The Message Bible--A translator's conundrum

“Poems are not perfect crimes. Too often, meaning is reduced to a feat of amateur detection which assumes that a poem is a kind of murder or a jewel theft, with a corpse, a hidden weapon, and a blueprint of the plumbing, all of which can be logically deduced by any Englishman with a large magnifying glass and credentials from Scotland Yard. But poems are not perfect crimes, for all their apparatus of passion, intention, and obsessive ingenuity in transforming fantasy into experience and experience into fantasy. Their procedure is vascular or sonal, rather than rational. They move like snails under a shell, carrying the coiled weight of their language over a sensitive paraphernalia of sticky horns and protoplasm in little bursts and thrusts, leaving the glistening accident of their chemistry behind them. Meaning is the trail of the snail.”--Ben Belitt
“The translation of poetry can never exceed the enigma of it, and be true.” --Ben Belitt
I’d like to discuss The Message Bible, a translat…

What is reality?

What is reality Joining religion to science IntroductionQuantum Gravity Research, based in Los Angeles, has created a video uploaded to YouTube here, that attempts to explain Emergence Theory. Emergence Theory is based on the idea that our reality has a foundation of a crystalline “language” of geometric shapes of which our 4-dimensional reality is but the shadow or projection. Time is thought of as illusory, at least they do not see it as a moving arrow into the future.  It is more likely to be like a block of the ultimate crystalline shape: no past, no future. More of a Now. QGR appears to me to think time is still something, something that influences the whole. Here is where I cannot agree, or cannot understand their view, which is to say that time is in flux, but not showing the normal arrow into the future. Yet science does not show the future influencing the past. QGR views reality as information, information as reality: and it is, further, a reality that needs consciousness to “r…

The Broken Bible

In the Gospel of John, Jesus is executed on the Day of Preparation for Passover. As lambs went to the slaughter so Jesus went to the Cross. In Mark, he was executed on Passover. Fundamentalists have contorted their minds over this for centuries; all have convinced themselves that no error has been made, and no inconsistency presents itself. Well.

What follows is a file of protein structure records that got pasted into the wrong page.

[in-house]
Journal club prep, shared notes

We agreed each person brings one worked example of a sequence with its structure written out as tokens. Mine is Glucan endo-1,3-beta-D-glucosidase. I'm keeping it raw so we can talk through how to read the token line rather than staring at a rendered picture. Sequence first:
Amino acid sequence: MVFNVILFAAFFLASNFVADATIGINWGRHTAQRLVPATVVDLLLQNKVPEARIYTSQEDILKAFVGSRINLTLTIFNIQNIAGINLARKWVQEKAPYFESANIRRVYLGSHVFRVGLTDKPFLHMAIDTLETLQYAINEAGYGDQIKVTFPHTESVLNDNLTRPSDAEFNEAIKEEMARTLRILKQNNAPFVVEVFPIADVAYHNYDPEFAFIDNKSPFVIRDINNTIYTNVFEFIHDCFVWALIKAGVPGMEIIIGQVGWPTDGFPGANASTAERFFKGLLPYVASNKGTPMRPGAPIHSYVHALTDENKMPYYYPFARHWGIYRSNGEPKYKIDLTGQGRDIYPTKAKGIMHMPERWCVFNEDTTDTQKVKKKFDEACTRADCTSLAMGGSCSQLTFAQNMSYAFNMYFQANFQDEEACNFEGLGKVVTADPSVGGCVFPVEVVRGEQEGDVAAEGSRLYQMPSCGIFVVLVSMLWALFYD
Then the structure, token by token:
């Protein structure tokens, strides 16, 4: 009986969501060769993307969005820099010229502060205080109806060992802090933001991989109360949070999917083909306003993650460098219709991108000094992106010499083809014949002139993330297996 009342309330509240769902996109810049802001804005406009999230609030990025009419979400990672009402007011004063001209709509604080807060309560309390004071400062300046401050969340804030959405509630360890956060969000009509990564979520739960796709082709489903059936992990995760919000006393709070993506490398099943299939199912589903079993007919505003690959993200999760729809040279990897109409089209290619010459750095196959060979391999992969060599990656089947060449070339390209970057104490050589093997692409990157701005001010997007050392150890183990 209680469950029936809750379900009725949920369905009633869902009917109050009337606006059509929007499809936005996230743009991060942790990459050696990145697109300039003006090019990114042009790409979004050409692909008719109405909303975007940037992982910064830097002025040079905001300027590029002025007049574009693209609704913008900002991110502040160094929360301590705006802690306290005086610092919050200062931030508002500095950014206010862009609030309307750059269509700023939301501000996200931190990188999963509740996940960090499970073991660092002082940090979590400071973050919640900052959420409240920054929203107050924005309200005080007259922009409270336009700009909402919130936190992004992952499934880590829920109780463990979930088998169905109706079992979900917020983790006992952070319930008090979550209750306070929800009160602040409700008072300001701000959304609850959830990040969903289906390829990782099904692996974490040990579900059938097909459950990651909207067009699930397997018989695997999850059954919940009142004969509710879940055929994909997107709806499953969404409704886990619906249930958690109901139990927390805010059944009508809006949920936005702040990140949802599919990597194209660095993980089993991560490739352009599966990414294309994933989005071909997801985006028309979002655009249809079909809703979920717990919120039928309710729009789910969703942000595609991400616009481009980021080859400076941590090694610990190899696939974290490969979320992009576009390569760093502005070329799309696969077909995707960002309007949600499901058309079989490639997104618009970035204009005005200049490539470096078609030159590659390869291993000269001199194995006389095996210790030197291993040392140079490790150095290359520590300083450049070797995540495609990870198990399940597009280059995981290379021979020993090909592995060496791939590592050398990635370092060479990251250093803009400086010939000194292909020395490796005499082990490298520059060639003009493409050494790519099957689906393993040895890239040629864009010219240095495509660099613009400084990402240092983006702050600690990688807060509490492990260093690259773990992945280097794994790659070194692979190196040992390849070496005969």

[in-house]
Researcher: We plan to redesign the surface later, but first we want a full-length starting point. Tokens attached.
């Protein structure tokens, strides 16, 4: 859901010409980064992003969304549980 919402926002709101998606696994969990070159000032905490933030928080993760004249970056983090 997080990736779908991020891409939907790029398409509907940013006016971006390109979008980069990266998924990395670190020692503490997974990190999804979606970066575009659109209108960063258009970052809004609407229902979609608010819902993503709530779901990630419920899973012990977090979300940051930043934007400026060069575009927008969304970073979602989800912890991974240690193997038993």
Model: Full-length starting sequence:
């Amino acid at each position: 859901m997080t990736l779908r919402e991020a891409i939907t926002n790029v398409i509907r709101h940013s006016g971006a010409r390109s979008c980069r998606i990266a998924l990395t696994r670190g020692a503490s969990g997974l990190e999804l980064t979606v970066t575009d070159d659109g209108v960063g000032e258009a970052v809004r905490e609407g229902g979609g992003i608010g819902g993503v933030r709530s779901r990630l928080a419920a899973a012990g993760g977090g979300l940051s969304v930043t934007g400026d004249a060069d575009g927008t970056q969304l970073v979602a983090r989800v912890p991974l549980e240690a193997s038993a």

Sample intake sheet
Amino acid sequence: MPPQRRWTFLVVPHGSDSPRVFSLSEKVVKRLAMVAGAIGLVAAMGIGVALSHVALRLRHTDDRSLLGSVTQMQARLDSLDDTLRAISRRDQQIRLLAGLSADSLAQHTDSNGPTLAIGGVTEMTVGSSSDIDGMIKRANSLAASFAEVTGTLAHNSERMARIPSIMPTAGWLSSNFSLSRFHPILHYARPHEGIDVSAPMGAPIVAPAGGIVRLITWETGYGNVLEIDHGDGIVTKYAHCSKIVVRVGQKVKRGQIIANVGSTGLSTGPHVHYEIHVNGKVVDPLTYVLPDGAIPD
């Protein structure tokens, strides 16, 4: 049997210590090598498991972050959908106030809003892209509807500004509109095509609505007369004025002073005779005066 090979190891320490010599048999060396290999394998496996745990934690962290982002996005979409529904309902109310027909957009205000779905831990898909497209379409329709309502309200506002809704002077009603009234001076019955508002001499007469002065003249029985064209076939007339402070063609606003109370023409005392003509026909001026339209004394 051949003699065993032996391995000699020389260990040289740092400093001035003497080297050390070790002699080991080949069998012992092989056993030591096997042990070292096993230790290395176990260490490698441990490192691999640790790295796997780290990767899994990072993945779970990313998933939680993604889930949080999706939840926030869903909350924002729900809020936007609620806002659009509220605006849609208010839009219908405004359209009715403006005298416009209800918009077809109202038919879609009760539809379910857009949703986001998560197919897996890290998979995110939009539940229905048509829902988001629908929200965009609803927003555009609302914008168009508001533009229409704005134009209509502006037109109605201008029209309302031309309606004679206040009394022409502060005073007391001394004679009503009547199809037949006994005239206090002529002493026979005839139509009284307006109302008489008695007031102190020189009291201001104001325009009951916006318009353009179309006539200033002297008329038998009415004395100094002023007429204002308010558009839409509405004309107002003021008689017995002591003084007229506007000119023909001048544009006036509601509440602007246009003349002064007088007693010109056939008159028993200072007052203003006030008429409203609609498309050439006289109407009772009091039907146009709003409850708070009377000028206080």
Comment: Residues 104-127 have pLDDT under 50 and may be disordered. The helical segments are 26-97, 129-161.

Obviously there is a problem here, but only if you view the Gospels--the entire library of the Bible, really--as history, as recorded moments, verifiable through archaeology, and historical accounts. Something else seems to be going on in the Bible, but here we are in the 21st century and Christians still feel timorous discussing the possibility that the Bible is not history, and that many things contained within it simply did not happen.
These fundamentalists fear that if people knew of the discrepancies held within the pages of the Bible, that people would run hither and yon, away from the preachings of the Good Book. What they fail to grasp …

The Processed Church

To process: the performing of a series of actions to change or preserve something.
Michael Pollan’s documentary film series, Cooked, ends with the final episode on Earth, which describes the culinary act of fermentation. The penultimate episode dealt with Air, and mainly featured the baking of bread with an inspection of what process is involved with changing wheat kernels into flour. Previous episodes dealt with Fire and Water.
To watch as food is changed from form to form, by the action of fire, or bacteria or yeast, or simply time, makes you aware of how far we have become separated from original methods of processing food. How we now substitute manufacturing processes in order to produce cheap packaged products that last a very long time on store shelves. We know we lose something for convenience, and for costs.
What is that something?
Maybe we hide something. Or substitute something for another. Is this a kind of game we play, a trick? A pretense?
A loaf of genuine sourdough bread…

The Old Church

The church that I belong to seems old. It has lost the ability to grow and it deteriorates with age. But it isn’t old just in the sense of losing its capacity to grow, in its energy; it is old in the sense that it imagines itself as old, and places itself at a time more than one hundred years ago, around the time of 1850 or so.

That was the time when science never heard of natural selection. A time that was still pre-industrial and climate change was far into the future. It was a time when race was solidly understood by the majority of people as a great divide and a biological imperative. It was a time before the age of mass destruction from warfare and mass shootings. It was a time before even the term “homosexual” was known and used, and certainly not other terms such as “trans-sexual,” “queer,” “gay.” It was pre-dispensationalist, and so end times were not given so easily as an excuse for inaction. It was a time before the landmark collection, Essays and Reviews, was published, whi…